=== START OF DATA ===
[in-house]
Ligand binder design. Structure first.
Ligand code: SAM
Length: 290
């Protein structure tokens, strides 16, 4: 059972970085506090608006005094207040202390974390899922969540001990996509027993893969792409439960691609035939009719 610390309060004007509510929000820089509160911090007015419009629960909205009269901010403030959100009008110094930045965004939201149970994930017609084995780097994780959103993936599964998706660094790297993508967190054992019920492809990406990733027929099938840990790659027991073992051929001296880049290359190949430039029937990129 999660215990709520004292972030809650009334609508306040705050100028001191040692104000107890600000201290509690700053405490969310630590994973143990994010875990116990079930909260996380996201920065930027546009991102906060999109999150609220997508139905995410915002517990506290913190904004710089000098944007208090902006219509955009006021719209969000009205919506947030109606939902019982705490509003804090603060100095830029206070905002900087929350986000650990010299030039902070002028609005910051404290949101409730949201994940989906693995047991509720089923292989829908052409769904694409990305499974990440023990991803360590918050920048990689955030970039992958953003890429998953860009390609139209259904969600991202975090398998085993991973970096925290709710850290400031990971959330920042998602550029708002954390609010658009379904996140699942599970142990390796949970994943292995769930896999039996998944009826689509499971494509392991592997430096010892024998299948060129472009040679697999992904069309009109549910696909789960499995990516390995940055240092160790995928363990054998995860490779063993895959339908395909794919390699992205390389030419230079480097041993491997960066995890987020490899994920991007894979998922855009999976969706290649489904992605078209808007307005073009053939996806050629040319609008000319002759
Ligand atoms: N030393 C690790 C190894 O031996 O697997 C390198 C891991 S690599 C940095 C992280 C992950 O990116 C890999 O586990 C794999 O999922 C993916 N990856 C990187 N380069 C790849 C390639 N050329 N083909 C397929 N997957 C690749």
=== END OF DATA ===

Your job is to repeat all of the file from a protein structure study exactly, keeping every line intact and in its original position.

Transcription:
[in-house]
Ligand binder design. Structure first.
Ligand code: SAM
Length: 290
């Protein structure tokens, strides 16, 4: 059972970085506090608006005094207040202390974390899922969540001990996509027993893969792409439960691609035939009719 610390309060004007509510929000820089509160911090007015419009629960909205009269901010403030959100009008110094930045965004939201149970994930017609084995780097994780959103993936599964998706660094790297993508967190054992019920492809990406990733027929099938840990790659027991073992051929001296880049290359190949430039029937990129 999660215990709520004292972030809650009334609508306040705050100028001191040692104000107890600000201290509690700053405490969310630590994973143990994010875990116990079930909260996380996201920065930027546009991102906060999109999150609220997508139905995410915002517990506290913190904004710089000098944007208090902006219509955009006021719209969000009205919506947030109606939902019982705490509003804090603060100095830029206070905002900087929350986000650990010299030039902070002028609005910051404290949101409730949201994940989906693995047991509720089923292989829908052409769904694409990305499974990440023990991803360590918050920048990689955030970039992958953003890429998953860009390609139209259904969600991202975090398998085993991973970096925290709710850290400031990971959330920042998602550029708002954390609010658009379904996140699942599970142990390796949970994943292995769930896999039996998944009826689509499971494509392991592997430096010892024998299948060129472009040679697999992904069309009109549910696909789960499995990516390995940055240092160790995928363990054998995860490779063993895959339908395909794919390699992205390389030419230079480097041993491997960066995890987020490899994920991007894979998922855009999976969706290649489904992605078209808007307005073009053939996806050629040319609008000319002759
Ligand atoms: N030393 C690790 C190894 O031996 O697997 C390198 C891991 S690599 C940095 C992280 C992950 O990116 C890999 O586990 C794999 O999922 C993916 N990856 C990187 N380069 C790849 C390639 N050329 N083909 C397929 N997957 C690749």